Canada: How Will Past Farm Losses Be Treated After The Craig Decision?

Last Updated: November 7 2012

Article by Greg Gartner CA, QC and R. Daniel Lyons LLB, LLM (Tax)

In Canada v. Craig, 2012 SCC 43, the Supreme Court of Canada modified the combination test for determining whether the restricted farm loss rules in section 31 of the Income Tax Act (the "Act") apply to farming losses. We discussed this case in our August 2, 2012 blog. This may have an impact on taxpayers whose farming losses, as a result of the Craig decision, are no longer considered to be restricted farming losses and how those losses were applied in the taxation year in which they were incurred.

Restricted Farm Losses

Restricted farm losses are calculated by section 31 of the Act and apply where the taxpayer's chief source of income is not farming. The loss is limited to a maximum of $8,750 for any given taxation year and can be applied against other sources of income for the taxation year in which they are incurred. Any amounts in excess of $8,750 are "restricted" and are carried forward. Such carried forward losses can only be applied against future farming income realized by the taxpayer. Issues arise when the restricted farming loss is reclassified as an ordinary farming loss as may be the case as a result of the Craig decision.

Let us suppose that Mr. White has employment income of $100,000 and farm losses of $30,000 for his 2010 taxation year. If the farming losses are restricted farming losses, then he would only have a maximum loss of $8,750 and a net income of $91,250 for that particular taxation year. The remaining restricted farm losses of $21,250 can be carried forward 20 taxation years and carried back three taxation years from the year that the loss occurred under paragraph 111(1)(c) of the Act but, as mentioned above, can only be claimed against farming income earned in those other taxation years.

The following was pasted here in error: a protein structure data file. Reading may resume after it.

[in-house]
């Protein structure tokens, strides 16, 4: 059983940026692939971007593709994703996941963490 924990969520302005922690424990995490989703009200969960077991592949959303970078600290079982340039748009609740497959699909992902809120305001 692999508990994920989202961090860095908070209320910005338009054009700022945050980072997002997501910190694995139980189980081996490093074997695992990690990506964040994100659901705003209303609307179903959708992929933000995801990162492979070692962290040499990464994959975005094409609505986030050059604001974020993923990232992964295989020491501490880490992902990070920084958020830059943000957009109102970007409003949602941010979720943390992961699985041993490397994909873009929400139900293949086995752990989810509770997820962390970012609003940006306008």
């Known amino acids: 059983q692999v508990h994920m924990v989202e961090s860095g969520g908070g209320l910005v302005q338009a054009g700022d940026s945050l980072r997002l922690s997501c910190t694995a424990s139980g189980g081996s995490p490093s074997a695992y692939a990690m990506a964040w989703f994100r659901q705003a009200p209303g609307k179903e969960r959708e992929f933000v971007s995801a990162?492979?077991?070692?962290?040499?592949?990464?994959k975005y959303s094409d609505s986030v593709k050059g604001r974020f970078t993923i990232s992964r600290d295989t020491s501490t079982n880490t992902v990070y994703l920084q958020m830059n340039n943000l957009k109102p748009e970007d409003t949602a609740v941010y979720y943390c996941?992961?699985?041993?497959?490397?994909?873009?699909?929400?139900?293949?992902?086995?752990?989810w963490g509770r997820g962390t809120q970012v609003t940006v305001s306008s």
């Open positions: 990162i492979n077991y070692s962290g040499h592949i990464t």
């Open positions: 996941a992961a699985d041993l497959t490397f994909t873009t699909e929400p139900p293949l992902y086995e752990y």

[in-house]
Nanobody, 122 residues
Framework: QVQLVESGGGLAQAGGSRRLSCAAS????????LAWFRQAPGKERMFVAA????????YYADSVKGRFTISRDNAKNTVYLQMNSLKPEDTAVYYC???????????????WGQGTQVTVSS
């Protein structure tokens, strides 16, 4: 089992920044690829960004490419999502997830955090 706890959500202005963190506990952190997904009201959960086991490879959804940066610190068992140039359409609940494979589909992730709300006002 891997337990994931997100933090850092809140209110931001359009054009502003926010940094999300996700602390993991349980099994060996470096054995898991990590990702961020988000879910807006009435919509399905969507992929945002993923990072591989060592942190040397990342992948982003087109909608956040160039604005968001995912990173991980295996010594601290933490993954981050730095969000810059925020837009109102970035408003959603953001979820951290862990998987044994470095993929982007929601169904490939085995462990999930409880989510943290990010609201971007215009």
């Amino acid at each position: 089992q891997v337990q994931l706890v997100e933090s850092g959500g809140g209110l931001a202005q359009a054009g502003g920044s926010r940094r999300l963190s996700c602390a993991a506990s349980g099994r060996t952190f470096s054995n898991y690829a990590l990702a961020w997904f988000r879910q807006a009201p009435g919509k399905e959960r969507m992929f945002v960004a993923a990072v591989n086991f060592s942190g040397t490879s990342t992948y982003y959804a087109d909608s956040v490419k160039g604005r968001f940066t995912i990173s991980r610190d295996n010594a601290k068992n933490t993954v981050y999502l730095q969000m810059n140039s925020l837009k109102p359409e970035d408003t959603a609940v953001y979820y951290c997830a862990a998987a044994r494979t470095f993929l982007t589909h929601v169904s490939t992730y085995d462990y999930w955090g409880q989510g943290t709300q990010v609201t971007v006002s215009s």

If the farm losses are reclassified as ordinary farm losses, then the full loss would be applied against the earned income for that particular taxation year. For the purposes of our example, Mr. White would then have a net income of $70,000 for his 2010 taxation year, rather than net income of $91,250 and the carry forward of restricted farm losses of $21,250.

The Craig decision may change the classification of farm losses from restricted farm losses to ordinary farm losses for some taxpayers. The question is what options are there for these taxpayers so they can correct their tax filings to apply the full farm loss in the year in which it was incurred.

Possible Remedies

Where the taxpayer wishes to challenge the Canada Revenue Agency's ("CRA") prior assessment, he or she may file a notice of objection to the notice of assessment ("NOA"). The time period for filing a notice of objection is set out in subsection 165(1) of the Act and is the later of:

  1. The day that is one year after the taxpayer's filing due-date for the year; and
  2. 90 days after the day of sending of the notice of assessment.

If the taxpayer misses this deadline, he or she can apply to the Minister of National Revenue (the "Minister") for an extension of time in the manner set out in section 166.1 as long as the application is made within one year after the expiration of time for filing the notice of objection. If the Minister denies the extension of time application, the taxpayer can appeal to the Tax Court of Canada in the manner detailed in section 166.2 to have the application granted.

An unsuccessful notice of objection can be further appealed to the Tax Court of Canada under subsection 169(1).

Taxpayers who have missed the deadline for filing a notice of objection may be able to request a reassessment of their original NOA where the time limit for reassessment has not expired. Subsection 152(3.1) usually allows for a period of three years (four years for mutual fund trusts and non-Canadian controlled private corporations), for CRA to reassess the taxpayer, from the earlier of the date of sending the original notice of assessment or from the day notice was sent that no tax is payable.

For example, let us say that Mr. White in our previous example was sent an original notice of assessment on June 15, 2011. The reassessment period for CRA to reassess Mr. White's original NOA would not end until June 15, 2014.